Friday, May 12, 2017

Gillies MacKinnon's WHISKY GALORE is a charming, spirited remake of the 1949 original

Pay absolutely no attention to today's New York Times sour and incomprehensible review of WHISKY GALORE, a very smart and spirited remake of the popular 1949 movie directed by Alexander Mackendrick. Rather than try to "modernize" the remake, as the Times reviewer suggests, director Gillies MacKinnon (shown below) and screenwriter Peter McDougal wisely stick to the original -- which was low-key and delightful then -- and come up with a film that is low-key and delightful now.

This tale -- of a small island off Scotland during World War II that is suddenly deprived of its liquor and a sailing vessel (three photos below) full of the stuff that is suddenly moored on the rocks just off-shore -- proves a sweet, succulent story that gives a fine ensemble cast the chance to shine together. The movie also captures the look and feel of its 1940s era with ease and charm, and the behavior of the actors is quite in keeping with that time and place. There is, thankfully, no inclusion of the kind of "modern" nonsense -- foul language, fart jokes, hot sex or fast car chases -- that some less skillful filmmakers might use to "update" this old-fashioned tale.

Instead we get an ensemble of townsfolk who are, each in his/her way, specific and amusing, and who join together to bring booze back to its rightful place. (Teatotalers, I would guess, need not bother to view this one.) It's all enchanting and full of charm and the kind of coincidence that is necessary and indeed works well in this sort of movie.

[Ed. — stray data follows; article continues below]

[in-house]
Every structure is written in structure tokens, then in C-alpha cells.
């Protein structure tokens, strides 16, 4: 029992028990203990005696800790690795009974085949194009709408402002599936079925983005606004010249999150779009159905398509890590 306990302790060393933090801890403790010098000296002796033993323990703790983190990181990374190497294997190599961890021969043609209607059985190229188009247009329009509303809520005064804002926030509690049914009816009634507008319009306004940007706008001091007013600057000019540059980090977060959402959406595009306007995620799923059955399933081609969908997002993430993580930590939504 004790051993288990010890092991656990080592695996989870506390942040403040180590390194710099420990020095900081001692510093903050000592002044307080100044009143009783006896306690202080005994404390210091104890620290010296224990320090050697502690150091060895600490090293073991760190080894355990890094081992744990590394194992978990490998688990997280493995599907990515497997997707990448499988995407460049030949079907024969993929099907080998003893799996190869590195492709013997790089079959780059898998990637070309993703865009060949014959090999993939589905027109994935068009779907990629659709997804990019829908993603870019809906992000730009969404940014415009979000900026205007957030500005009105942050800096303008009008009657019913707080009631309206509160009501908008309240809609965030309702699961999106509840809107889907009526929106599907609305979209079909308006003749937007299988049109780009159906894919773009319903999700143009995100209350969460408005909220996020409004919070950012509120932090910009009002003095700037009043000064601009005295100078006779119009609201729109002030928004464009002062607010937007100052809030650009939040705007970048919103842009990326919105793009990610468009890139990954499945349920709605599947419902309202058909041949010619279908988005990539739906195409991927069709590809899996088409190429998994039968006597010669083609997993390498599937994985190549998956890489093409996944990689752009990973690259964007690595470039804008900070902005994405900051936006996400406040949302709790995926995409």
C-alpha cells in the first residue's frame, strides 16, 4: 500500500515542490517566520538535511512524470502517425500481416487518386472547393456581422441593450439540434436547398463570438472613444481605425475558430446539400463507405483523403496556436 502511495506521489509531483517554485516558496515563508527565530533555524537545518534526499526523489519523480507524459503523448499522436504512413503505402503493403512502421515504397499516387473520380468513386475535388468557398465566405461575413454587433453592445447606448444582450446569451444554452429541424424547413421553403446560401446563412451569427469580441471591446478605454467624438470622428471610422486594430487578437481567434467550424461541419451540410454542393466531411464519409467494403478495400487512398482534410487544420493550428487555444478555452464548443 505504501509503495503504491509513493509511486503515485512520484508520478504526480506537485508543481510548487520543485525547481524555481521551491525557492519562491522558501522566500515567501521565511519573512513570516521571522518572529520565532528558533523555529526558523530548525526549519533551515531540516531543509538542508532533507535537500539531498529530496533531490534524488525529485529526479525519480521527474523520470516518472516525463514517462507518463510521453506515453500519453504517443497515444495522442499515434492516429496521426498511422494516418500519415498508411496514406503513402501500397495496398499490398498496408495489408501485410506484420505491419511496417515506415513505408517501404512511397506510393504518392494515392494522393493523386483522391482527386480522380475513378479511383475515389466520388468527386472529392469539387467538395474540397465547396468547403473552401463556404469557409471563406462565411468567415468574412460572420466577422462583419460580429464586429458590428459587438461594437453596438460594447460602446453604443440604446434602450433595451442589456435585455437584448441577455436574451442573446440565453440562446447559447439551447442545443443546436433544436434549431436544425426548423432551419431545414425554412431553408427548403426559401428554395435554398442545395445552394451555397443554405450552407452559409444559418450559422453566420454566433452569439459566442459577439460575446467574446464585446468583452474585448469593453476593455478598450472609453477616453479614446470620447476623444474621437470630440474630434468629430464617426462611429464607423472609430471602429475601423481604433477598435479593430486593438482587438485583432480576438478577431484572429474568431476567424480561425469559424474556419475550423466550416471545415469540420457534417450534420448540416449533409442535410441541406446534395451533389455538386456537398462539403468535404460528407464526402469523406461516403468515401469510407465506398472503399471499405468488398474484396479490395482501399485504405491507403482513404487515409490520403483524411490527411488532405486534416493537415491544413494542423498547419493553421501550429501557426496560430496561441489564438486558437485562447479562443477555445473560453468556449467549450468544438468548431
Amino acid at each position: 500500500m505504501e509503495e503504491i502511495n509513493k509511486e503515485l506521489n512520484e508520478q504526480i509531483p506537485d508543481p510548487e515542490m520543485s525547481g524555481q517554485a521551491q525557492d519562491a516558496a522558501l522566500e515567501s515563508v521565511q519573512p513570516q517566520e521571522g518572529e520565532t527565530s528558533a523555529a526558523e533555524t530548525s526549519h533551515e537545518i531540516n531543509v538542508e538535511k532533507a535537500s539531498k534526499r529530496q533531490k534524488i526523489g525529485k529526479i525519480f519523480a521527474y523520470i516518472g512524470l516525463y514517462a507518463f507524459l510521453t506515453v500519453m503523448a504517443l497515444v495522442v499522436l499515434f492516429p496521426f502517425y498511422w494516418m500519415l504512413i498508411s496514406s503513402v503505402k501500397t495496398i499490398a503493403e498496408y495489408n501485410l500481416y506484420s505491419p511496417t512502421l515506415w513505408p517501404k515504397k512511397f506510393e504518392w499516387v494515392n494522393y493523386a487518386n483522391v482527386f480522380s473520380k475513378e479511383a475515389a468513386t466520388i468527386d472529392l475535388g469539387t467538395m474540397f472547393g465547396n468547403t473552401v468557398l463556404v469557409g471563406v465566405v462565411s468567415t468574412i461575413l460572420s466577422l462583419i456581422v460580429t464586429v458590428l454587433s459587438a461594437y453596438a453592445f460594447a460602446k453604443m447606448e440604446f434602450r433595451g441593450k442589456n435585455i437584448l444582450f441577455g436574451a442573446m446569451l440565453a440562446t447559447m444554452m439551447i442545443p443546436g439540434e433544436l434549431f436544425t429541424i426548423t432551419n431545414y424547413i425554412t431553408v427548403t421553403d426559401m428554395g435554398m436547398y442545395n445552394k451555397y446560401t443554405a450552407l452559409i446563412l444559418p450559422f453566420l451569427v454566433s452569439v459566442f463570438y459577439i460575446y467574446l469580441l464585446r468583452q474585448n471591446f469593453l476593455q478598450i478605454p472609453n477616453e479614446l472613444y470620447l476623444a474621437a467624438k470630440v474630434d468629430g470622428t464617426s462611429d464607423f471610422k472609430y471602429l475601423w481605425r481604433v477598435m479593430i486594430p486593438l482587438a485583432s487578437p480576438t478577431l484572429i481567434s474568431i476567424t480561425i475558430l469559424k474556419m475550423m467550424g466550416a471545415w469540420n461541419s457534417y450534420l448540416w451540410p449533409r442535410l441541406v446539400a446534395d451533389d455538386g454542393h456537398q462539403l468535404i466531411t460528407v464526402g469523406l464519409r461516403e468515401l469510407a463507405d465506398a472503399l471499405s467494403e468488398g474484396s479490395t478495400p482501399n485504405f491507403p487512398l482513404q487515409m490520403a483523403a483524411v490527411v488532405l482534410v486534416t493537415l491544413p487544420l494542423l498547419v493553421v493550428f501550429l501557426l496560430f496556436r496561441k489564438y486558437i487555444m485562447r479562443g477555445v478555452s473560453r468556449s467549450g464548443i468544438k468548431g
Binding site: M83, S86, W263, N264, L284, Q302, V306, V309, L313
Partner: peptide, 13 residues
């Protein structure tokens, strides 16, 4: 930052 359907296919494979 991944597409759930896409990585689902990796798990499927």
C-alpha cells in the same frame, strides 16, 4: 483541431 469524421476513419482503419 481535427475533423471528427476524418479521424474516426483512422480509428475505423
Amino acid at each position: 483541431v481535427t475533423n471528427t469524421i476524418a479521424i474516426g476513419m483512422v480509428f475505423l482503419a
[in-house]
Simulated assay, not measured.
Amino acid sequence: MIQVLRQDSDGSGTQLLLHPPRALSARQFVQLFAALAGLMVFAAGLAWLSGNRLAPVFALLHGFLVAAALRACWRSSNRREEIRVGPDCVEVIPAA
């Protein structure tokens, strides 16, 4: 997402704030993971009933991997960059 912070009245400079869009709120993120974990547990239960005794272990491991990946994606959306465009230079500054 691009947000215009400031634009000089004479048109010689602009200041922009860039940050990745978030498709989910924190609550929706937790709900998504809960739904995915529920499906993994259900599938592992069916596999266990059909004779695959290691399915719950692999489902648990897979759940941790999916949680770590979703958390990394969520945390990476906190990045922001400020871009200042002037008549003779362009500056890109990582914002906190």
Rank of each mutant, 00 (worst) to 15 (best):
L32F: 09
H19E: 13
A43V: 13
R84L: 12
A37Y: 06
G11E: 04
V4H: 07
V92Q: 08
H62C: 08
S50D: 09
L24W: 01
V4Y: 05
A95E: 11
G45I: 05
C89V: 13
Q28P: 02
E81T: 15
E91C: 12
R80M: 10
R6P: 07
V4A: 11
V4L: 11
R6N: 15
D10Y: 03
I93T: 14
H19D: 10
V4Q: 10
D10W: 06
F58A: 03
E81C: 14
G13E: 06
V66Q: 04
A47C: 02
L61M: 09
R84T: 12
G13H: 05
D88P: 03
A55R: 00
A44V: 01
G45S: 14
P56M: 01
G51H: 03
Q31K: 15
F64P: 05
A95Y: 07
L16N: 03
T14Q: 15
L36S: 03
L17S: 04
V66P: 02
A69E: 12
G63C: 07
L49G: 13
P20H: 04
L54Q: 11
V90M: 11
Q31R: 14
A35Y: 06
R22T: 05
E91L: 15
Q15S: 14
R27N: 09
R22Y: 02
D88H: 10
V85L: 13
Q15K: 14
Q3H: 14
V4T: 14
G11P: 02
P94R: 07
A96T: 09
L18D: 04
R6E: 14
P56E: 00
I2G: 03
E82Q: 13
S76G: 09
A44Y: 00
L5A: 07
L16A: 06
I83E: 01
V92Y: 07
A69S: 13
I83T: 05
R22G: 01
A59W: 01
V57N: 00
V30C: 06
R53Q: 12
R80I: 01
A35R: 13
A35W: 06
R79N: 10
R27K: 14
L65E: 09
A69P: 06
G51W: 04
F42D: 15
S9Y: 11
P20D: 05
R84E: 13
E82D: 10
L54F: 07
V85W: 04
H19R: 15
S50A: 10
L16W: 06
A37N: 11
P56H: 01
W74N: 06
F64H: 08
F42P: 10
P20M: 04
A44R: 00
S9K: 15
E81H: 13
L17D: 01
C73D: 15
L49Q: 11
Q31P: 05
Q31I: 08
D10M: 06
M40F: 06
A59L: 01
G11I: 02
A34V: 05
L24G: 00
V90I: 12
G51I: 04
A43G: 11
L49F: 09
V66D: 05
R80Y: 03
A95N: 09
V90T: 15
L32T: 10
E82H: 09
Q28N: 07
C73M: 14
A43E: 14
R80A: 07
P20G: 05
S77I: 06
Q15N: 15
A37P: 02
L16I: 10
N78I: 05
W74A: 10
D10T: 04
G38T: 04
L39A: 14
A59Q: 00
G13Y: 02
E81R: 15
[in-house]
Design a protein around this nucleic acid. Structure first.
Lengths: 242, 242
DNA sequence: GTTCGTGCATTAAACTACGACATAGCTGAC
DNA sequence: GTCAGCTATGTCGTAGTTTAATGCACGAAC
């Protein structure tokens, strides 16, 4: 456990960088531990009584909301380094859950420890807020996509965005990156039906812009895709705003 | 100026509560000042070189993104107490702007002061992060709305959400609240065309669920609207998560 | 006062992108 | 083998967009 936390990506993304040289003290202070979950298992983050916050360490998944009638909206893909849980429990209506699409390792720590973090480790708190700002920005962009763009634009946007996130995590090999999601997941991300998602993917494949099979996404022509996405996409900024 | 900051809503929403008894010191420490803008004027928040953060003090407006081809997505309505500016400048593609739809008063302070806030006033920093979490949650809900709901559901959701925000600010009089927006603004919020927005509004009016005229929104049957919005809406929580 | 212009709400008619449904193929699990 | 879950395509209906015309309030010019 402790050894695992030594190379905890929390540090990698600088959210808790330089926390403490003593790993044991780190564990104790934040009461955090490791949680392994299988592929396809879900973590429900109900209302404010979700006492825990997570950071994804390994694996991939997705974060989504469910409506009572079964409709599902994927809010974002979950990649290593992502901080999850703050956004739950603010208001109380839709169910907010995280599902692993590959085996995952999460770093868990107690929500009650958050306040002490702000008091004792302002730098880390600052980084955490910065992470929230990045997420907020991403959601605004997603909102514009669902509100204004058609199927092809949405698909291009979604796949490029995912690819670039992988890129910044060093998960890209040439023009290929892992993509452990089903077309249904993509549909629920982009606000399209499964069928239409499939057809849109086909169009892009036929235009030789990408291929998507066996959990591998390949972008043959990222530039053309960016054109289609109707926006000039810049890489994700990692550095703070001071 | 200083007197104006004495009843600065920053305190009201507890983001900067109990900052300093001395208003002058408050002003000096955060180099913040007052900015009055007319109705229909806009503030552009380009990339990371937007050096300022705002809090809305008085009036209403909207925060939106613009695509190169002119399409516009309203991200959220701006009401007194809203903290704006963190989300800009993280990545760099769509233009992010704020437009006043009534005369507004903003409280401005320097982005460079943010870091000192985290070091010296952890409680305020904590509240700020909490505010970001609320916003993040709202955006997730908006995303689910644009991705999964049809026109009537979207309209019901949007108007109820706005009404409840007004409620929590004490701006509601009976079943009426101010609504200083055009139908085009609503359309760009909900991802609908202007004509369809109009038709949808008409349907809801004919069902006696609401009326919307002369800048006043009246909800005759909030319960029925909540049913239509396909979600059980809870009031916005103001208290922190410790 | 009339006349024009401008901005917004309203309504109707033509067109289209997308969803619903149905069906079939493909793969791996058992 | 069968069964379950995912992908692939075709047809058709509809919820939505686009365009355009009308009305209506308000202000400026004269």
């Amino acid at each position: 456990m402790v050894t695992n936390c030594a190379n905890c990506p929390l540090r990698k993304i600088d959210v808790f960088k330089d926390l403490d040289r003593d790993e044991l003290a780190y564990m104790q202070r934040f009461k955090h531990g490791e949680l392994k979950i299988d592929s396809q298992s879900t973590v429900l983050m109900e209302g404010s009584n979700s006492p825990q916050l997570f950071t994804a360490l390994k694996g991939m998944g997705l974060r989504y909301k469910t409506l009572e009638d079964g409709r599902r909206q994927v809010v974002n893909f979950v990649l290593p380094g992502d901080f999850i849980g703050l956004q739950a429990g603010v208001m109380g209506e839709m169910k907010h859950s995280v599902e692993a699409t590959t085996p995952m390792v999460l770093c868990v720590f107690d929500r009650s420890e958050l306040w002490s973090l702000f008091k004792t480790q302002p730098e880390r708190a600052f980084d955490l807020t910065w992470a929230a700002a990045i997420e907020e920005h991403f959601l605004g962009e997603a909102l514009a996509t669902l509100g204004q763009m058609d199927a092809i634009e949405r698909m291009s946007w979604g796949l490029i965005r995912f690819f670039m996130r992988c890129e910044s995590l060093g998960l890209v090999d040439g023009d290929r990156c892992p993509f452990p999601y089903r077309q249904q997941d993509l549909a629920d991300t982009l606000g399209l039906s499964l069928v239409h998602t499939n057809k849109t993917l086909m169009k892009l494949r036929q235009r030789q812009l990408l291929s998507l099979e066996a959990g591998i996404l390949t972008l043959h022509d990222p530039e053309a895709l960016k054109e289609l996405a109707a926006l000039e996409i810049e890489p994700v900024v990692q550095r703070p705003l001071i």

The cast is large and swell, with the most prominent name being that of Eddie Izzard, above, who plays what the film posits as something close to the villain's role. He's sweetly funny and nasty, but even his comeuppance is tinged with love, as his wife assures him that his arrest is just a "slap on the wrist."

That wife is played by the wondrous Fenella Woolgar (if you've never seen her award-calibre performance in Bright Young Things, please do). I have dearly hoped to see Ms Woolgar in another role as good as that, but until then, this one will do nicely.

As the island's grumpy postmaster with two highly marriageable daughters, Gregor Fisher (above) is terrific. But then so is everyone else. And MacKinnon and McDougal see to it that the tone, style and speed of all this adheres beautifully to the era at hand.

From Arrow Films and running a just-right 98 minutes, Whisky Galore opens today in New York City at the Cinema Village and in Los Angeles at Laemmle's Music Hall 3

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